# StrDist

##### Compute Distances Between Strings

`StrDist`

computes distances between strings following to Levenshtein or Hamming method.

##### Usage

`StrDist(x, y, method = "levenshtein", mismatch = 1, gap = 1, ignore.case = FALSE)`

##### Arguments

- x
- character vector, first string.
- y
- character vector, second string.
- method
- character, name of the distance method. This must be
`"levenshtein"`

,`"normlevenshtein"`

or`"hamming"`

. Default is`"levenshtein"`

, the classical Levenshtein distance. - mismatch
- numeric, distance value for a mismatch between symbols.
- gap
- numeric, distance value for inserting a gap.
- ignore.case
- if
`FALSE`

(default), the distance measure will be case sensitive and if`TRUE`

, case is ignored.

##### Details

The function computes the Hamming and the Levenshtein (edit) distance of two given strings (sequences). The Hamming distance between two vectors is the number mismatches between corresponding entries.

In case of the Hamming distance the two strings must have the same length.

In case of the Levenshtein (edit) distance a scoring and a trace-back matrix are computed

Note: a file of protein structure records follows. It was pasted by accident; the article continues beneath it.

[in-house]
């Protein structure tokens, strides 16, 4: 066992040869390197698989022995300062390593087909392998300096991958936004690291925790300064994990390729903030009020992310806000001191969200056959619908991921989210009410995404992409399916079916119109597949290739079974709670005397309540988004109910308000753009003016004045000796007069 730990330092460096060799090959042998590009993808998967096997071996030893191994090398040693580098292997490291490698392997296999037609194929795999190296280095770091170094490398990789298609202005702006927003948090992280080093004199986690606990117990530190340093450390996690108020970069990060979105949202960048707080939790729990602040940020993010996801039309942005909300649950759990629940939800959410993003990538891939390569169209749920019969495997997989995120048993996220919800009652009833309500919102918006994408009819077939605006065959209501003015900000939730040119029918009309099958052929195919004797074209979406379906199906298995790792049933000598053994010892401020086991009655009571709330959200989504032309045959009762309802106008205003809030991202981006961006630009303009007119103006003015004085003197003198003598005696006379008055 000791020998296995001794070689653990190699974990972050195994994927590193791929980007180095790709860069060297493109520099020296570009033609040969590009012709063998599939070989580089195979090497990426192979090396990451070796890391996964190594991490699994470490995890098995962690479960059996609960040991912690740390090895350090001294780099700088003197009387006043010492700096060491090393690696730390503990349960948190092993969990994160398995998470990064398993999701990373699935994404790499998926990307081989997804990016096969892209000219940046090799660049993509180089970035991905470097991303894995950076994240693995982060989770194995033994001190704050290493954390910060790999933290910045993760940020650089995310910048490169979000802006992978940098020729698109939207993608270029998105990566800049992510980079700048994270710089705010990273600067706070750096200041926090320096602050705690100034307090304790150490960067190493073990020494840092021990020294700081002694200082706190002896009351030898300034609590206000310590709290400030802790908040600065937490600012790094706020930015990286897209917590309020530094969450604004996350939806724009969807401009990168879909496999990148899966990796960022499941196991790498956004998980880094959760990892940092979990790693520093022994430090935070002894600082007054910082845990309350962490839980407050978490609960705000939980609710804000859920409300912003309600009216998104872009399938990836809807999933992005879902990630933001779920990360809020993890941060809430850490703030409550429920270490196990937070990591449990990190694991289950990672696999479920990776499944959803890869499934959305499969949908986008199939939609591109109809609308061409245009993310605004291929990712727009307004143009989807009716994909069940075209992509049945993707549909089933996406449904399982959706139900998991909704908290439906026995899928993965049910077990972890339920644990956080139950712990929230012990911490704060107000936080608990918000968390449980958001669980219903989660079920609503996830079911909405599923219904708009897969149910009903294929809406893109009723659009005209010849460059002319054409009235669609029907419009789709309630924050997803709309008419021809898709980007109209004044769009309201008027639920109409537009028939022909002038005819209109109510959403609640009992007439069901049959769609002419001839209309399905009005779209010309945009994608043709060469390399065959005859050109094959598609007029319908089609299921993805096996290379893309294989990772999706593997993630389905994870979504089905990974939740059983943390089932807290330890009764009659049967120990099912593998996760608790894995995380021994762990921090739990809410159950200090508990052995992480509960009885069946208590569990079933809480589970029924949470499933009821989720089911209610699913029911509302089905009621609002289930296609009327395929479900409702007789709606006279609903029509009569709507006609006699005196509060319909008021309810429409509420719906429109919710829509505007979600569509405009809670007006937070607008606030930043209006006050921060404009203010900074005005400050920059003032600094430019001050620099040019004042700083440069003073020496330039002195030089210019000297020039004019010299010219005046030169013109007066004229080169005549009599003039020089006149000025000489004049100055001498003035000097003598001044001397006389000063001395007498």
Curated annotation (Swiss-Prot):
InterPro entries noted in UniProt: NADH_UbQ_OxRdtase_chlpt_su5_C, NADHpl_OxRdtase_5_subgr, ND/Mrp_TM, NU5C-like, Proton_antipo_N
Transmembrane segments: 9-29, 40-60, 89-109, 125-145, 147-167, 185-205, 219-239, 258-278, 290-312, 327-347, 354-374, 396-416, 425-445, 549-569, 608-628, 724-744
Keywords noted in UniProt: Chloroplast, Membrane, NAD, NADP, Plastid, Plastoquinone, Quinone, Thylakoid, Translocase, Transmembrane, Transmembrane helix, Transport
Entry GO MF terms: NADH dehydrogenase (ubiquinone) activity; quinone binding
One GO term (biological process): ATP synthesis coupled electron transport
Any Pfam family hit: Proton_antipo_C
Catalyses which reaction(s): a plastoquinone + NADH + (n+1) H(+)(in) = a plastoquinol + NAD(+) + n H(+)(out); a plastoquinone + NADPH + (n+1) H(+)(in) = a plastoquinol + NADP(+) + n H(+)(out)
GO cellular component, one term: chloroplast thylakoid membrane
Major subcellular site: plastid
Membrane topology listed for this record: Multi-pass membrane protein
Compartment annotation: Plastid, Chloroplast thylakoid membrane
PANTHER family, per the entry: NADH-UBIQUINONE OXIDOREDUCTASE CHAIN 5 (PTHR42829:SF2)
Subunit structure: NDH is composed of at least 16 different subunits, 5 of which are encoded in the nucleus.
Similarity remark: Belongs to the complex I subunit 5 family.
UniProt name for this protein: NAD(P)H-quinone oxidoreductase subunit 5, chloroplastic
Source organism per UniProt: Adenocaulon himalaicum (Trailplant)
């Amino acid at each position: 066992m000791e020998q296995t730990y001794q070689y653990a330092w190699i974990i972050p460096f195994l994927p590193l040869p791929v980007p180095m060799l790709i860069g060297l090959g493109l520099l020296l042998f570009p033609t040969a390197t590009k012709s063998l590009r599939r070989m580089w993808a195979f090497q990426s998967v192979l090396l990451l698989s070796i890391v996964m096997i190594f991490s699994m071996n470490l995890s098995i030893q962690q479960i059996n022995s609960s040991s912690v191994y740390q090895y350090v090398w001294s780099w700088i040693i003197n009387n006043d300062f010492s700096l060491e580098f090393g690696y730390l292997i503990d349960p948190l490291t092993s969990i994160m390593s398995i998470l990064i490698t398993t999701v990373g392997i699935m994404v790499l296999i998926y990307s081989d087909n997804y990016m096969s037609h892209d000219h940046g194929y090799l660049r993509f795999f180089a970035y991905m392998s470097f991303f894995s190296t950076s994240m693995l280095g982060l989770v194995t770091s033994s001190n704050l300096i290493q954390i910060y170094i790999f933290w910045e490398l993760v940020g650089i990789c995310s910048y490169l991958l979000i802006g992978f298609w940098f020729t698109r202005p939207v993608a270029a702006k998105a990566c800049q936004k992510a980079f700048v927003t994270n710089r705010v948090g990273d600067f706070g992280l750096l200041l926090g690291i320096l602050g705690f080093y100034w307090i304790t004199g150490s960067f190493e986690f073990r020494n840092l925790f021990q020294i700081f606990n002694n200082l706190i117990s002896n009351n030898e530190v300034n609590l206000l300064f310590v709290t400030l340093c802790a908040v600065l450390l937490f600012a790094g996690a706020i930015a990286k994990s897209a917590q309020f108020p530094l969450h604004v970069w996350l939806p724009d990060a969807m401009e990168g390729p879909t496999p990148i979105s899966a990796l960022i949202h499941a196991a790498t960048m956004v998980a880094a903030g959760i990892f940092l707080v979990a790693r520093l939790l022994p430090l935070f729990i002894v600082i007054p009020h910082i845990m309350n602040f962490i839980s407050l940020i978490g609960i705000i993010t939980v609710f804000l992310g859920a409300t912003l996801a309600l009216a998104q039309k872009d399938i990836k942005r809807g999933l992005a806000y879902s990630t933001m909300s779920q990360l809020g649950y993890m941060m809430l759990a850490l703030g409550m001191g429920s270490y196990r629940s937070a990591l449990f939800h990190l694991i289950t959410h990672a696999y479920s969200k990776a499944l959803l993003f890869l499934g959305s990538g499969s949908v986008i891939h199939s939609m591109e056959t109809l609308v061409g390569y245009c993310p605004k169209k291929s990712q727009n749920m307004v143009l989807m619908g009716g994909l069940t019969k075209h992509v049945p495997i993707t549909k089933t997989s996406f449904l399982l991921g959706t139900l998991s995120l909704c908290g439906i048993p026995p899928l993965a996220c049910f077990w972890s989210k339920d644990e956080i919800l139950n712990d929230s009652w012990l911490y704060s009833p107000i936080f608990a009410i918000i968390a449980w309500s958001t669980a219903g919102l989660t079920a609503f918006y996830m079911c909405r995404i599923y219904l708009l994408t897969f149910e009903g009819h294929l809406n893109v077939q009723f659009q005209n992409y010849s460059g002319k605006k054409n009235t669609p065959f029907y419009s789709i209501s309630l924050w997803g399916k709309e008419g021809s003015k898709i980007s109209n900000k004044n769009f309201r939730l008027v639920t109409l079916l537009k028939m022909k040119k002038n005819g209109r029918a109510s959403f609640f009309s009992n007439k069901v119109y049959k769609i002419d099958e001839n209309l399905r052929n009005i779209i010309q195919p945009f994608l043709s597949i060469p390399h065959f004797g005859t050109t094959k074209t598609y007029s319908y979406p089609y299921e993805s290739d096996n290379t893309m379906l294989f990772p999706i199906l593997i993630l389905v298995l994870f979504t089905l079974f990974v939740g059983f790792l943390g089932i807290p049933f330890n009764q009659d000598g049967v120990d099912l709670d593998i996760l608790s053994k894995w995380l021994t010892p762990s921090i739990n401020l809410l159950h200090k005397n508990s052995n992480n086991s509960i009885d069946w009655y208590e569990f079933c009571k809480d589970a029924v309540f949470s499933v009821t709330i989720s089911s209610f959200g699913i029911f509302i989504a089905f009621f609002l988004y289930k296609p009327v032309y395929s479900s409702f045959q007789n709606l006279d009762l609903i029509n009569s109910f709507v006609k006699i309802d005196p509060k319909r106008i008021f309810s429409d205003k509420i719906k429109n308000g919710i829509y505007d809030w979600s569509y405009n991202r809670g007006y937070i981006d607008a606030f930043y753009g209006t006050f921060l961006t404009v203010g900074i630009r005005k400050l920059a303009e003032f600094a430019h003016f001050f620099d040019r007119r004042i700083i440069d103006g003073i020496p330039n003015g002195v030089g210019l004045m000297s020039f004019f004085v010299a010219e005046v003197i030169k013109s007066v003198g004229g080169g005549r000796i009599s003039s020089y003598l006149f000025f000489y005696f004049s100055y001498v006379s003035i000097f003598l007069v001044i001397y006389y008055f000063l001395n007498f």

and are saved as attributes `"ScoringMatrix"`

and `"TraceBackMatrix"`

.
The numbers in the trace-back matrix reflect insertion of a gap in string `y`

(1),
match/missmatch (2), and insertion of a gap in string `x`

(3).

The edit distance is useful, but normalizing the distance to fall within the interval [0,1] is
preferred because it is somewhat diffcult to judge whether an LD of for example 4 suggests a high or low degree of similarity.
The method `"normlevenshtein"`

for normalizing the LD is sensitive to this scenario.
In this implementation, the Levenshtein distance is transformed to fall in this interval as
follows:
$$lnd = 1 - \frac{ld}{max(length(x), length(y))}$$

where `ld`

is the edit distance and `max(length(x), length(y))`

denotes that we divide by the length of the larger of the two character strings. This normalization, referred to as the Levenshtein normalized distance (lnd), yields a statistic where 1 indicates perfect agreement between the two strings, and a 0 denotes imperfect agreement. The closer a value is to 1, the more certain we can be that the character strings are the same; the closer to 0, the less certain.

##### Value

`StrDist`

returns an object of class `"dist"`

; cf. `dist`

.
##### Note

For distances between strings and for string alignments see also Bioconductor package Biostrings

##### References

R. Merkl and S. Waack (2009) *Bioinformatik Interaktiv*. Wiley.

Harold C. Doran (2010) *MiscPsycho. An R Package for Miscellaneous Psychometric Analyses*

##### See Also

##### Examples

```
x <- "GACGGATTATG"
y <- "GATCGGAATAG"
## Levenshtein distance
d <- StrDist(x, y)
d
attr(d, "ScoringMatrix")
attr(d, "TraceBackMatrix")
## Hamming distance
StrDist(x, y, method="hamming")
```

*Documentation reproduced from package DescTools, version 0.99.19, License: GPL (>= 2)*